Multiple sequence alignment accuracy and phylogenetic inference

T. Heath Ogden, Michael S. Rosenberg

Research output: Contribution to journalArticle

146 Scopus citations

Abstract

Phylogenies are often thought to be more dependent upon the specifics of the sequence alignment rather than on the method of reconstruction. Simulation of sequences containing insertion and deletion events was performed in order to determine the role that alignment accuracy plays during phylogenetic inference. Data sets were simulated for pectinate, balanced, and random tree shapes under different conditions (ultrametric equal branch length, ultrametric random branch length, nonultrametric random branch length). Comparisons between hypothesized alignments and true alignments enabled determination of two measures of alignment accuracy, that of the total data set and that of individual branches. In general, our results indicate that as alignment error increases, topological accuracy decreases. This trend was much more pronounced for data sets derived from more pectinate topologies. In contrast, for balanced, ultrametric, equal branch length tree shapes, alignment inaccuracy had little average effect on tree reconstruction. These conclusions are based on average trends of many analyses under different conditions, and any one specific analysis, independent of the alignment accuracy, may recover very accurate or inaccurate topologies. Maximum likelihood and Bayesian, in general, outperformed neighbor joining and maximum parsimony in terms of tree reconstruction accuracy. Results also indicated that as the length of the branch and of the neighboring branches increase, alignment accuracy decreases, and the length of the neighboring branches is the major factor in topological accuracy. Thus, multiple-sequence alignment can be an important factor in downstream effects on topological reconstruction.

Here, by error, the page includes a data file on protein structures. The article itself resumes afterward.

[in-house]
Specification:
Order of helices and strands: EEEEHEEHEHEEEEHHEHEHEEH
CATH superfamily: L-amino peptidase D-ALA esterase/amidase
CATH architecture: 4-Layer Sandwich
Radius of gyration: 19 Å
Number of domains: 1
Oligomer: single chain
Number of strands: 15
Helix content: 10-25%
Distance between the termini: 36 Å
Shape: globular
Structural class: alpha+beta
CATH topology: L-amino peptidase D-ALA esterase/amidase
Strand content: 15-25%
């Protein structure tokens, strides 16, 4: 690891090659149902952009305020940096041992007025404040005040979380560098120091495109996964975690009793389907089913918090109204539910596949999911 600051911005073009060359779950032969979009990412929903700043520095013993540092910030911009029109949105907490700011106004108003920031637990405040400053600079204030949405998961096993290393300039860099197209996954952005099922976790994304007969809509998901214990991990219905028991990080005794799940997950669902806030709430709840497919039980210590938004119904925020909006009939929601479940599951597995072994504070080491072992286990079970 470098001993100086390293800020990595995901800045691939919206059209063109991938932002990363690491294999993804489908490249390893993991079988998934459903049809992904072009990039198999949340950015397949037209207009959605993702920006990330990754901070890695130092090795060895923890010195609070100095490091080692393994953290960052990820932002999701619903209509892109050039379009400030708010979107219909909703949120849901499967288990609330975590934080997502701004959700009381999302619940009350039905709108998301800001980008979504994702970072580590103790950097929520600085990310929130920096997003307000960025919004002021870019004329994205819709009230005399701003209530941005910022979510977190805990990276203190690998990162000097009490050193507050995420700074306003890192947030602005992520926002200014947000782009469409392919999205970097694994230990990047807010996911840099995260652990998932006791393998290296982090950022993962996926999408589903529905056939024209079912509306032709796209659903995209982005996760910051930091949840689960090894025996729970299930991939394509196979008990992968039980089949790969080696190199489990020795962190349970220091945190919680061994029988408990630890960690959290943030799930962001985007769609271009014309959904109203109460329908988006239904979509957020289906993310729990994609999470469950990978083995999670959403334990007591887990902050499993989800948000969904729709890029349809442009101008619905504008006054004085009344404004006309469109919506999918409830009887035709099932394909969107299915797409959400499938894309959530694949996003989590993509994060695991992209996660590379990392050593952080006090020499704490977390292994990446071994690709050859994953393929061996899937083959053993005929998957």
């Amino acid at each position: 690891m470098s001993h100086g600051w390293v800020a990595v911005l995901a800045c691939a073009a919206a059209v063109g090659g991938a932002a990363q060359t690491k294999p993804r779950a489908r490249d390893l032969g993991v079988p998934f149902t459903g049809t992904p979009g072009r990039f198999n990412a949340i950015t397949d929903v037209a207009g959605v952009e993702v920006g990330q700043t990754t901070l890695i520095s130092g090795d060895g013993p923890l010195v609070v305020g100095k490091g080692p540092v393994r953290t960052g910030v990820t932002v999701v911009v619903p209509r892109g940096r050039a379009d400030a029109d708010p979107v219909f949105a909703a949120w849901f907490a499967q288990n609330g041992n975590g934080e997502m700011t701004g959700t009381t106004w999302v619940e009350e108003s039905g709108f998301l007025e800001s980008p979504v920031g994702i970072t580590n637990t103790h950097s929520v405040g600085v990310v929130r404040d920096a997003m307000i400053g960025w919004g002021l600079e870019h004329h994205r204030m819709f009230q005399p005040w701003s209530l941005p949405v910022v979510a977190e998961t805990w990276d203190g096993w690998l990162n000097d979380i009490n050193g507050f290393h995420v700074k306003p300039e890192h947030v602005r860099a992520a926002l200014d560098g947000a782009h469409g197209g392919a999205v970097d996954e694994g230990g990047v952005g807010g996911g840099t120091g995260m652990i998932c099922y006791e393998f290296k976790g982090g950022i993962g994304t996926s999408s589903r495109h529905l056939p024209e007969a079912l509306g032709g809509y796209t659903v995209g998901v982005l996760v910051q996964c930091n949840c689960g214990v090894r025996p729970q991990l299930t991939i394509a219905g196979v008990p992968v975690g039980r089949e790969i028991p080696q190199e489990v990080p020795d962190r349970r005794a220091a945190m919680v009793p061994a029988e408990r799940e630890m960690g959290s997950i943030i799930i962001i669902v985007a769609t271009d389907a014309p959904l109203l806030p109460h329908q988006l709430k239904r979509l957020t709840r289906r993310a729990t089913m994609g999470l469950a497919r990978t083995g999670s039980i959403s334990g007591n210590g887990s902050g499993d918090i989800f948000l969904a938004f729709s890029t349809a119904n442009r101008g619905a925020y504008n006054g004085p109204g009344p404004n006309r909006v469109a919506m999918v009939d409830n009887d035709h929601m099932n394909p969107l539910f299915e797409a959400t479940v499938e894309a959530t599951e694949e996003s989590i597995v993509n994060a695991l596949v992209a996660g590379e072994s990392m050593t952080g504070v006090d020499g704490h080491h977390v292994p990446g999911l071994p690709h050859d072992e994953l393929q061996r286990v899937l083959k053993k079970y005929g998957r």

Original languageEnglish (US)
Pages (from-to)314-328
Number of pages15
JournalSystematic Biology
Volume55
Issue number2
DOIs
StatePublished - Apr 1 2006

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Keywords

  • Bayesian
  • Maximum likelihood
  • Maximum parsimony
  • Multiple sequence alignment
  • Neighbor joining
  • Phylogenetics
  • Simulation
  • Tree reconstruction

ASJC Scopus subject areas

  • Ecology, Evolution, Behavior and Systematics
  • Genetics

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